The St. John’s legend that begins in the late-1960s with two students betting one another they could not stay all night in the Stella Maris Chapel is false. I do not have permission to disclose the actual names of the actors, but here follows what really happened. In late April or early May of 1967, two Johnnies I will call Mike and Ike bet one another they could not stay all night in Stella Maris Chapel. The bet followed a conversation Mike and Ike and several other Johnnies had about haunting, the paranormal and St. John’s. As the conversation ensued, I was hoping to instigate such a bet and to compel at least two men to stay the night at the chapel. Both my father, SJU, ’38, and my grandfather, ’09, had regaled me with legends of St. John’s as I was growing up. Their tales and stories made me want to witness the birth of a new St. John’s legend. Mike and Ike’s bet promised to be such an opportunity.
Stated simply, Mike and Ike bet one another they did not have the courage to stay in the chapel all night. The first man to get scared and to head back to the residence hall would owe the other five bucks. It was a warm night and a drizzling mist hung in the air, but the two Johnnies left the rest of us. At about 2:15 a.m., both Mike and Ike thought the whole idea was stupid and they decided to return. However, Mike reasoned, they would look like two fools if they got back to campus without reporting any spectral sightings. Ike agreed and agreed also that they would only report having seen “something that shouldn’t be messed with,” namely, the figure of a monk approaching the chapel’s gate. The figure never touched the ground but floated noiselessly. After agreeing to the story, they set out for the residence hall and broke into a sprint the last 100 yards so they would be out of breath upon arrival. The two ghostbusters did arrive breathless.
They trampled up the stairs, burst into the hallway and went to their respective rooms and then re-met in Mike’s. The trampling, panting and door slamming did arouse the interest of some of the rest of us who had stayed behind. I went to Mike’s room and gathered with a few other Johnnies outside the door. We knocked several times but no one answered. Muted sounds came from behind the door which could have been the panting of a frightened person who had just run all the way from the chapel, or muffled laughter. I opted for the latter. Sometime later, Mike came into the hallway and retreated again to his room. A number of us followed him, asking what had happened. “There’s something there that shouldn’t be messed with,” Mike said between gasps. Ike nodded his head. “We need some sleep,” Mike said and closed his door. The rest of us left. Ike headed toward his room. “What did you see, Ike?” I asked. “We heard a loud whistling sound. It was eerie. A hooded figure came toward the gate, as though it was watching us. Then it drifted silently away.” “Anything else?” “No, that’s it. Don’t go out there.” Having received as much news as I could, I went back to my room, noting Mike said the specter had made no sound while Ike said there had been a loud, eerie whistle.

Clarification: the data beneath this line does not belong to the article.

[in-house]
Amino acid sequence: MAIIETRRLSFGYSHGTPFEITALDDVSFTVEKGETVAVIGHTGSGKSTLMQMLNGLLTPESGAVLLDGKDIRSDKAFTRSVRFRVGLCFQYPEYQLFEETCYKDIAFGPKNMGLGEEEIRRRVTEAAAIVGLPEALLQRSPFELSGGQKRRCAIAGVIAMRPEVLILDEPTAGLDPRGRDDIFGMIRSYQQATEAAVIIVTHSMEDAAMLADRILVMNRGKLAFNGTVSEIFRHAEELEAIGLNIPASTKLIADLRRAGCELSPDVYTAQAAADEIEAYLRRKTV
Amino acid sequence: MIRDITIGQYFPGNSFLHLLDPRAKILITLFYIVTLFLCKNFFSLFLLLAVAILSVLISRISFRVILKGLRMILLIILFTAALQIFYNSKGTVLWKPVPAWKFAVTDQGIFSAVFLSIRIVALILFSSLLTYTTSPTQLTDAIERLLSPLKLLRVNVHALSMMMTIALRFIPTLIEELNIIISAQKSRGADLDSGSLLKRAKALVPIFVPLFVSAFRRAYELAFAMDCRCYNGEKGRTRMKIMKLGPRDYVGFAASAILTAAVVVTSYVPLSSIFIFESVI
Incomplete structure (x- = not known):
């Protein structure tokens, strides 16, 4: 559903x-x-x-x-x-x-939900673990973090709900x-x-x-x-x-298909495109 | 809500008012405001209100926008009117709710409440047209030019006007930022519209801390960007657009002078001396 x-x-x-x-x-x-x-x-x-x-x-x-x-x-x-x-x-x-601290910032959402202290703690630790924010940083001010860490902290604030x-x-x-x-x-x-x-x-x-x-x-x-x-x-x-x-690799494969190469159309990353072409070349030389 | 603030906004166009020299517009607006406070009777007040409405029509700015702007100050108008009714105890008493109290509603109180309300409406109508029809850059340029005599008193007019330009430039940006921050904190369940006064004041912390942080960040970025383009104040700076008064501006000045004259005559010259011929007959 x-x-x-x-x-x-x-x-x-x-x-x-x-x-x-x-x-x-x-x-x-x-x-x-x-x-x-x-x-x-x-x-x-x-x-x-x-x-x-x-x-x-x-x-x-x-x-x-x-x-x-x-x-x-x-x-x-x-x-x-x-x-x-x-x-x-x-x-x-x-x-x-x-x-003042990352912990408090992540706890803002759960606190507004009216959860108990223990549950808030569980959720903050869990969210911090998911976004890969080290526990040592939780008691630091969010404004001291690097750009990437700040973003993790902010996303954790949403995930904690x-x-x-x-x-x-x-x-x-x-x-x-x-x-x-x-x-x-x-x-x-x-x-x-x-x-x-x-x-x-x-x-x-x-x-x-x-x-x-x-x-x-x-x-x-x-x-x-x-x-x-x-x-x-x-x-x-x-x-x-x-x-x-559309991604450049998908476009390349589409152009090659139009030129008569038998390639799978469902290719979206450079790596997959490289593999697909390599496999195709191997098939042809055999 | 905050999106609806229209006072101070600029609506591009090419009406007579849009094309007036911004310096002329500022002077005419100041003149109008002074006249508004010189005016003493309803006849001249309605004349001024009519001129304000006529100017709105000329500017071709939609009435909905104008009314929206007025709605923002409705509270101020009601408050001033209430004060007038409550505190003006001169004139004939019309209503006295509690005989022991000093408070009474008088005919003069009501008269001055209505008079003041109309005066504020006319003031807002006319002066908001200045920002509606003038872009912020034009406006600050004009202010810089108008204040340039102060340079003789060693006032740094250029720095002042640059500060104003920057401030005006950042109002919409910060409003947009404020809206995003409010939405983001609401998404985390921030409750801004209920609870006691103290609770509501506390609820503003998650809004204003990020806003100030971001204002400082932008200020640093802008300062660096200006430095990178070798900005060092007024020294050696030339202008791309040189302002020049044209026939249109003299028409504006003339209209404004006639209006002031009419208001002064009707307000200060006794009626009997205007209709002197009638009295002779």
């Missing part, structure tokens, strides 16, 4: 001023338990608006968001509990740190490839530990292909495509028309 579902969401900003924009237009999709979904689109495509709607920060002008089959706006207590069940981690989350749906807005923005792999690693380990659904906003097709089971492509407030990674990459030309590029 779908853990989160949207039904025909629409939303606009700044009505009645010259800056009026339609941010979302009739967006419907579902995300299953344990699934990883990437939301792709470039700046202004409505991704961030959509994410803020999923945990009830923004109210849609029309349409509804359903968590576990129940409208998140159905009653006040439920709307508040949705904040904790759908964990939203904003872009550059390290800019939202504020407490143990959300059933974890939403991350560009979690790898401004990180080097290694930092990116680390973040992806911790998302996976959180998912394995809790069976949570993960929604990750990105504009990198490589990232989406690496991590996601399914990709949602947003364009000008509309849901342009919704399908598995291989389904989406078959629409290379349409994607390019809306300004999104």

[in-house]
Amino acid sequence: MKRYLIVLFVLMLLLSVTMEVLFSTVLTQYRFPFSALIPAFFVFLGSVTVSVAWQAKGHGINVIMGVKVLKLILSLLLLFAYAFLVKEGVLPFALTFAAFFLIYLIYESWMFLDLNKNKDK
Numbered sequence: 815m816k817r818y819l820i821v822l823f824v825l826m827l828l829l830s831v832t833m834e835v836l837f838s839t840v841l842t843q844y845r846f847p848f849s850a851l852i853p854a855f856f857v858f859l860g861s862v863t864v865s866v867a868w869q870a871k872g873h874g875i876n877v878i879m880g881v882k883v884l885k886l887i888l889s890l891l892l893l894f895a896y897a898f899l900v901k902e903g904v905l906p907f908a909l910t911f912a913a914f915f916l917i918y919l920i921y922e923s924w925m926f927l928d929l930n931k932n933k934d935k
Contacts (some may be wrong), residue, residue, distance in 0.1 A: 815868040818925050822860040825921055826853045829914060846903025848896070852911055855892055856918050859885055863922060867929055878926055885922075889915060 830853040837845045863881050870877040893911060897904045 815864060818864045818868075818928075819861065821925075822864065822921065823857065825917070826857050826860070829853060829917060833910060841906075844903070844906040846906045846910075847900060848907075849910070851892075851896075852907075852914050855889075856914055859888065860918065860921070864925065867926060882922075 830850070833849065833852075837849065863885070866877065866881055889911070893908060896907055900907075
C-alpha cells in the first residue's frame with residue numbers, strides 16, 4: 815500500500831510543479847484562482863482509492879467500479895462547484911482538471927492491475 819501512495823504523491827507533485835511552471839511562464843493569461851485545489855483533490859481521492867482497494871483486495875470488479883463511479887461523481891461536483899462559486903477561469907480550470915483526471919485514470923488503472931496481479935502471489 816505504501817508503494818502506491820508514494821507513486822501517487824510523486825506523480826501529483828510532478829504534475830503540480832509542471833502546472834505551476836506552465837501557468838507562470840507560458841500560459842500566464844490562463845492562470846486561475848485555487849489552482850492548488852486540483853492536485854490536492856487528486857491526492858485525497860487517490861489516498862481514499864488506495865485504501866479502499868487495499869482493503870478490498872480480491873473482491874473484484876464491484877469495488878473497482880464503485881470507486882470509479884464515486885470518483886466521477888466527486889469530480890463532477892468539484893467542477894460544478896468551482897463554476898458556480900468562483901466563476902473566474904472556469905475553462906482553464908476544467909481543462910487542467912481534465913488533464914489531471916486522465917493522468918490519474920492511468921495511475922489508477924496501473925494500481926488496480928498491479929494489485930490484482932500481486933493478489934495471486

The next day, the campus buzzed with the news of the sighting. I spread the story as widely as I could. I even called several Johnnies I knew had an interest in the paranormal. I shared the news with faculty. Mid-week, one student came to my room to ask what I knew about the ghost sighting. He said he was an expert and a paranormal investigator. I referred him to Mike or Ike, who both stonewalled and did not say a thing more. As Mike moved from his room, I asked to keep contact with him. “Bill, that’s not my way,” he said. I thought he was too young to have a way of life yet, but he insisted on no contact with any of us. The next year, Mike was gone. When Ike returned, he had nothing to say about the supernatural to anyone.
Years passed, and Mike’s whereabouts remained obscure. But occasionally I ran into a Johnny and sometimes the Stella Maris story was re-told. Morphing from Mike’s simple report to Ike’s eerie whistle, the tale accumulated detail. Mike, whom I finally located after more than 40 years of searching, heard an account of the monk hovering at ceiling level and splitting into many howling faces. “All I ever said,” Mike allowed, “was a hooded figure came to the gate and then drifted away, silently over the forest floor.” There was even a television documentary crew that stopped by the Stella Maris chapel. I told Mike that Ike had reported a loud, eerie whistle and he assured me that he, Mike, had never included a whistle in his account. He agreed he and Ike birthed a St. John’s legend and I promulgated it. I confess I was even an instigator who may have gotten the whole chapel visit and story started. Now St. John’s knows the rest of the story.